I’d be going off to shoot something in a nearby town, and while I was driving there, it was nice to hear a friendly voice from the radio, “and up next, for our photographer from the Sidney Daily News on his way to shoot another assignment you’ll see soon enough, is a song I’m sure he, and you, will appreciate.” – and out would waft “Kodachrome”.

And it got me thinking…

He and I both worked for and with the public, but we did it, for the most part, alone, and even though many other people heard it over the airwaves, when I heard that voice come out of the radio, it was one lonely person talking to another one, letting him know that somewhere, someone cared, and wanted to share a smile in a language both people understood.

And in that 1979 Ford Fairmont, driving alone on a dark country road to my next assignment, I did smile.

The other day my son and I had to make a quick stop on our way home from his class, and as we got out of the car, we smelled something a little foreign to the city we live in, and it reminded me of a time I’d smelled that smell before getting out of a car, but back then it was a little stronger.  I hadn’t thought about it in years, and it made me smile, so I told my son a story.

The story took me back to a time when I was much younger, on my first internship as a photojournalist, and I was assigned to shoot some Dee Jay named “Señor Frog” at some club I’d never heard of for an article someone was writing for the paper.

I had no idea what to expect, and to be honest a “club” and Sidney, Ohio, weren’t really two things I’d think about in the same sentence, but that’s what the assignment was, and as newspaper photo assignments go, it was pretty simple.

Go find pictures.

Come back with pictures that tell a story.

So as I was going, driving west down an arrow straight west Central Ohio road in the early evening, I was wondering what on earth I was supposed to do with this assignment.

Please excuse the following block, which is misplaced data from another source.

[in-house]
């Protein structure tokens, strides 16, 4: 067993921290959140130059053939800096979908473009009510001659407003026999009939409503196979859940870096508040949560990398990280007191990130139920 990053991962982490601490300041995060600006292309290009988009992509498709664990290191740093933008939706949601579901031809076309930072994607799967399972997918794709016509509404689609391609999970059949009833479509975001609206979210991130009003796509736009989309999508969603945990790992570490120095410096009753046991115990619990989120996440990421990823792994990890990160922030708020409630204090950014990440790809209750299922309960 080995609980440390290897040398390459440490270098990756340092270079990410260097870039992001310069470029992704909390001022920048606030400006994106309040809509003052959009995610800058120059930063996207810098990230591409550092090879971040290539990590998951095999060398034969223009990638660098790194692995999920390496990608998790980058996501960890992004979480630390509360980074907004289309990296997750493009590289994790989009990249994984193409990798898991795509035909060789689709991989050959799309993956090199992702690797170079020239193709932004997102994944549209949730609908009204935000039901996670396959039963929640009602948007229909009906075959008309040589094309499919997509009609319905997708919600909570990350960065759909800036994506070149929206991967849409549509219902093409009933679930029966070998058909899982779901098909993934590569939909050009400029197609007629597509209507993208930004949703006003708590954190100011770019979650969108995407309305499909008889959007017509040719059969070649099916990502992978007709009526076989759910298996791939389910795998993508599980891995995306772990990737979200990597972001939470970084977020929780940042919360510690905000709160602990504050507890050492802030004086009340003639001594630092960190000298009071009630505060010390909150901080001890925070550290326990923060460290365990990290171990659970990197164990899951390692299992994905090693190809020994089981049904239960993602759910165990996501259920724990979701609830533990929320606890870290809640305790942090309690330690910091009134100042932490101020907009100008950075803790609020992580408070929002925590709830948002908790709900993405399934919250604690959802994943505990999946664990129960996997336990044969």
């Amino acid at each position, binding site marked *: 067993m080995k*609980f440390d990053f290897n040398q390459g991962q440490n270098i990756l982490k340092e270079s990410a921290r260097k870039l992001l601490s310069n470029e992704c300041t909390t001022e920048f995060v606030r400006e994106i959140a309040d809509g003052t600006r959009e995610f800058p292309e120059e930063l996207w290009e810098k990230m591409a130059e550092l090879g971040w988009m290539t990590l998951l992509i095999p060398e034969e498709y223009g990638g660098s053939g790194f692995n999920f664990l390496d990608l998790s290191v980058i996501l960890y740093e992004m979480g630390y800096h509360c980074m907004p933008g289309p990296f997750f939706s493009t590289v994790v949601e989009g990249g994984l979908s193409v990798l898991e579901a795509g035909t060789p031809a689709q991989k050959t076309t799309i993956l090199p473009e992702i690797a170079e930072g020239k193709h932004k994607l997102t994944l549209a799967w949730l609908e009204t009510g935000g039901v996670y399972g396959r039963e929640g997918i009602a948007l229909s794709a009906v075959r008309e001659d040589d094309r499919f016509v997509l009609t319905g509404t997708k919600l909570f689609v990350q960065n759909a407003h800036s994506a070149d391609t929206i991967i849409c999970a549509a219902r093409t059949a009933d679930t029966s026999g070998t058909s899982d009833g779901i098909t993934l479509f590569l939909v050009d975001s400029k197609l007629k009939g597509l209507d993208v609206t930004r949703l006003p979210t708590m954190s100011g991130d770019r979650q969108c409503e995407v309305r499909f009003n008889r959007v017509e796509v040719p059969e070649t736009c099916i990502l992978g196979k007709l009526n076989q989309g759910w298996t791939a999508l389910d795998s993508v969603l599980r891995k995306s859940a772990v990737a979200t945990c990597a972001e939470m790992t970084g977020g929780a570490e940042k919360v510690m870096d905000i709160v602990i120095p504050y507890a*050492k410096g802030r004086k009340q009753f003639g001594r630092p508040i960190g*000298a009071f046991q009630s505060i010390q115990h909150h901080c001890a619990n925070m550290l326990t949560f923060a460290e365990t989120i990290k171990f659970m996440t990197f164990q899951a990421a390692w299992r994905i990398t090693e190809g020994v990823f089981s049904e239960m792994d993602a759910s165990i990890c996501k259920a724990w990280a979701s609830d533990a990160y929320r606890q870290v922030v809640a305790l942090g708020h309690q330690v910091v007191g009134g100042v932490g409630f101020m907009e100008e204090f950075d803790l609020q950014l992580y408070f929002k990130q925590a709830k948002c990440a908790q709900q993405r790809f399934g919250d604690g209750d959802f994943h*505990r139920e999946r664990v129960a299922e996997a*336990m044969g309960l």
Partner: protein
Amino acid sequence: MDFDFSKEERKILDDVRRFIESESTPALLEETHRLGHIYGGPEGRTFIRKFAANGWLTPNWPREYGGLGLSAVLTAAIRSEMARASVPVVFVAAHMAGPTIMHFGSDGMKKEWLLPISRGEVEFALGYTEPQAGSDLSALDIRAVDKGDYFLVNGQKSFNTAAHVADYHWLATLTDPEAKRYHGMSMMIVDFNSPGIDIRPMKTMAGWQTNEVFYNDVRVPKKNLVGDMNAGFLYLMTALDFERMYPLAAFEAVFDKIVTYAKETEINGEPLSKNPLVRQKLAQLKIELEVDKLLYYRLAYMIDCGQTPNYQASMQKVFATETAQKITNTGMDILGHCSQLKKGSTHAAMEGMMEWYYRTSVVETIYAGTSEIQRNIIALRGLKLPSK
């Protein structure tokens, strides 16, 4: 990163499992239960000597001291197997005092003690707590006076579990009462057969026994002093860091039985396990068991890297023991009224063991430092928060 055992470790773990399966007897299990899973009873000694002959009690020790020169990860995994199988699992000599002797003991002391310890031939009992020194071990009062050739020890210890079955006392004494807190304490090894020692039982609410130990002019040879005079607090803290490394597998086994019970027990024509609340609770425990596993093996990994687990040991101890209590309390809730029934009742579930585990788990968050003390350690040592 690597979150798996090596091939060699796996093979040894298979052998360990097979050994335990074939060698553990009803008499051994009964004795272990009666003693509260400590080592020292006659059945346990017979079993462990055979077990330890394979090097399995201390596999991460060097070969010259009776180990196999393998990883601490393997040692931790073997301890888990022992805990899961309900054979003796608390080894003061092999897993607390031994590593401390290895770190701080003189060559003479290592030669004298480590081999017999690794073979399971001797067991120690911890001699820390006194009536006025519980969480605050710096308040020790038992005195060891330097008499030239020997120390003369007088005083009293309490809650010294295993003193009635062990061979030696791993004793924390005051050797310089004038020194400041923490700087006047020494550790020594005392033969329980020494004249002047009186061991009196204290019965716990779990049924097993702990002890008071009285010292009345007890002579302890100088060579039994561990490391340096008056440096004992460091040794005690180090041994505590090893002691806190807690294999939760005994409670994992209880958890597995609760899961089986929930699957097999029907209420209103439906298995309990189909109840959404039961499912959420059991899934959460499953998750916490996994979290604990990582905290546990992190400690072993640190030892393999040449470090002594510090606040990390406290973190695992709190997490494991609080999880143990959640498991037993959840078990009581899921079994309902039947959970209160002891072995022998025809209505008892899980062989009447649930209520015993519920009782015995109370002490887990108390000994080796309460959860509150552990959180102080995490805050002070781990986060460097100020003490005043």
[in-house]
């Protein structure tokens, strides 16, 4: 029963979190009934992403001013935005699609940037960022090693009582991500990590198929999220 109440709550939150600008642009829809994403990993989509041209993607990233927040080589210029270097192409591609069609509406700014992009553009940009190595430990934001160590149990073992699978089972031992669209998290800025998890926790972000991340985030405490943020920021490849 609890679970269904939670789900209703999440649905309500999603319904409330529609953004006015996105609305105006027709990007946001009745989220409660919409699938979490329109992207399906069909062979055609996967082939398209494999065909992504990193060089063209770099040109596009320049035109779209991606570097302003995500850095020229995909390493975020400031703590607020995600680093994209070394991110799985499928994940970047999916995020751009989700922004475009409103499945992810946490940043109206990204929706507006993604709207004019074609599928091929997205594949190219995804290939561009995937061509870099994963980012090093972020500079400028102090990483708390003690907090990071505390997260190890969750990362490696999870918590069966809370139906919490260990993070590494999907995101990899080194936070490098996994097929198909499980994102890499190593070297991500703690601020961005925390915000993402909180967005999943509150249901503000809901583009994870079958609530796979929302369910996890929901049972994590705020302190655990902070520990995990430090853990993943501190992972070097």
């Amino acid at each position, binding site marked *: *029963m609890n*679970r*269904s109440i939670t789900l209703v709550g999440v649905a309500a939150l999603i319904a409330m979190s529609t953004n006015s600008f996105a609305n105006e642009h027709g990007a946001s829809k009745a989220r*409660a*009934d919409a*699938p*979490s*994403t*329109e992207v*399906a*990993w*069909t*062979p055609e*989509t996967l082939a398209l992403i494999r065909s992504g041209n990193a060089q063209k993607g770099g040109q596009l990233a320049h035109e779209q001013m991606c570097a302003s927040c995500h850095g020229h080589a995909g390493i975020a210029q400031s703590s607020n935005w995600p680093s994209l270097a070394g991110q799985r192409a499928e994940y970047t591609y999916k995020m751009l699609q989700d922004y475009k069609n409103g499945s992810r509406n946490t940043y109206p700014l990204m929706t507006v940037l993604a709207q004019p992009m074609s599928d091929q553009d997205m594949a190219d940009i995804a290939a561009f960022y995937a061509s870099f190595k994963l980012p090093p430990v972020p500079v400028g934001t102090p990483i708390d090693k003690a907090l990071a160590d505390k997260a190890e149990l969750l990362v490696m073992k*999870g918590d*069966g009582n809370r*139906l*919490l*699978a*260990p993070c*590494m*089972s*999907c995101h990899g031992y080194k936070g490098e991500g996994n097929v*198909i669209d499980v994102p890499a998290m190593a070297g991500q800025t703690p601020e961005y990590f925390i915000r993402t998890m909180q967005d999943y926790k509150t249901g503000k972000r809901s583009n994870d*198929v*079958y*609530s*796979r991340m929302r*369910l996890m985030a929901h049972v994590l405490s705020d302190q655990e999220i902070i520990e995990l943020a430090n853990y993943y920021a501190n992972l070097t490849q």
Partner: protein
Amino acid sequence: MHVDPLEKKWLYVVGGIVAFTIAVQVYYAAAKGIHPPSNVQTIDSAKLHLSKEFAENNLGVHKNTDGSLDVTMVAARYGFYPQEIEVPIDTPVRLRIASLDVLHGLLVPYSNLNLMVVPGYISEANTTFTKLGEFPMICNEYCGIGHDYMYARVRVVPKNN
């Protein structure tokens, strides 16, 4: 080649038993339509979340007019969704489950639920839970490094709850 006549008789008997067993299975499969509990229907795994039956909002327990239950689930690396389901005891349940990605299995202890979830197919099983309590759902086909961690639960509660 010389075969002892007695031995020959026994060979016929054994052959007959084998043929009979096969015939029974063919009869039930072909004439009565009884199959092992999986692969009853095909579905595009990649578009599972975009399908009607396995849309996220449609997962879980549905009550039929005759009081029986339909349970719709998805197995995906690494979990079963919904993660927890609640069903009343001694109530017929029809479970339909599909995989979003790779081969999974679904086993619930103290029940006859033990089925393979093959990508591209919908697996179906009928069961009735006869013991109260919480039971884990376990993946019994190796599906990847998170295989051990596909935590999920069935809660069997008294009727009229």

And while I was wondering, and while my mind was wandering, kind of squinting into the sun but also driving on autopilot a little, for a split second I noticed a little black and white blur dart out in front of me, followed instantly by a couple of thumps…

…and in the briefest of moments that I could see after that, I checked the rear view mirror to see the black and white blur tumble to a stop in the middle of my lane.  I could swear it had a little green cloud wafting over it, because immediately after that, almost simultaneously, the most powerful, eye-watering, open-all-the-windows-RIGHT-NOW, smell of exploded skunk filled the car in ways it had never, ever been filled before.

I slowed down, wiped my eyes, and overshot my turn.  Somehow I managed to get the car turned around and headed in the right direction, but had to drive through my own wake.  It was like driving through teargas.

I found and made the turn, found the club, which thankfully had a large gravel parking lot, and parked as far away from the building as I could.   Downwind, so the “green haze” emanating from the car wafted over the fields away from the club, not toward it.

This was a good thing.

I got out as fast as I could, grabbed my cameras and gear, and headed into this “club”.  Turned out it was a bar with a dance floor, a big sound system, and a couple of turntables in an elevated booth kind of thing, where a middle aged balding fellow was flinging vinyl platters and playing music.